The objective of this study was to evaluate changes in phosphorus fractions during vegetable waste and chicken manure composting. High throughput sequencing, quantitative PCR, and multiple analysis methods were applied to investigate interconnections among phosphorus fractions, enzyme activity, and phoD-harboring bacterial community composition. We found the highest composting temperature reached 61 °C and phosphorus fractions presented significant differences during a 60-day composting. The content of plant-absorbable phosphorus, including water soluble phosphorus, available phosphorus, and citric acid phosphorus increased by 121%, 87%, and 63%, respectively. Additionally, phoD gene abundance significantly correlated with the activities of nine enzymes. Our findings emphasize that microbial activity plays an important role in phosphorus transformation during composting, and the final composting product could be good biological phosphorus fertilizer. To our knowledge, this is the first report indicating that enzyme activity, community composition and abundance of phoD-harboring bacteria have direct and indirect effects on phosphorus transformation during composting.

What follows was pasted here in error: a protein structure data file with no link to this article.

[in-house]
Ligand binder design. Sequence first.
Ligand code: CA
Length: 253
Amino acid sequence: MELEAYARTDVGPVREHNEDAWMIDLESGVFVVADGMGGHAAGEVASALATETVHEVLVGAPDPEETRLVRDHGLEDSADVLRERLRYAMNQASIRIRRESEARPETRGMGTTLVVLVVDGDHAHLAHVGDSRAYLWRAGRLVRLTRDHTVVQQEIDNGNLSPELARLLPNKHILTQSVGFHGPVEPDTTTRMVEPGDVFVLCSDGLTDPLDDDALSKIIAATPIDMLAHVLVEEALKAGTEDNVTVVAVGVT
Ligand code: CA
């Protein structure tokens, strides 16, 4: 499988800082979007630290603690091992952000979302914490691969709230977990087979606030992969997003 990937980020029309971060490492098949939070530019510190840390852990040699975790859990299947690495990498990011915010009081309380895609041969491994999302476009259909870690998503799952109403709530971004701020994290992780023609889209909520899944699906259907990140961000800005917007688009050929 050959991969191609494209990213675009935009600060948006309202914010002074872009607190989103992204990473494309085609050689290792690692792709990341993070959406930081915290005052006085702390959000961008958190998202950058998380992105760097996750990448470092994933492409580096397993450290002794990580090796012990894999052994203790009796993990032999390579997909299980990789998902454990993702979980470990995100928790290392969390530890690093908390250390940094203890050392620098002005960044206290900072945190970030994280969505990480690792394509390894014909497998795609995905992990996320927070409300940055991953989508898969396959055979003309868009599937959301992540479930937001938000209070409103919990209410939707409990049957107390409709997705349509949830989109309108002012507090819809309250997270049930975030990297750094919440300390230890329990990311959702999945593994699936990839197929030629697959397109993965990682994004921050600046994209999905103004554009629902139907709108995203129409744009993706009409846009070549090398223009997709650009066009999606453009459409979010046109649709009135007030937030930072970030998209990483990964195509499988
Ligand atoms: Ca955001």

Keywords: Alkaline phosphatase phoD gene; Bacterial community composition; Enzyme activity; Phosphorus fraction; Vegetable waste and chicken manure composting.
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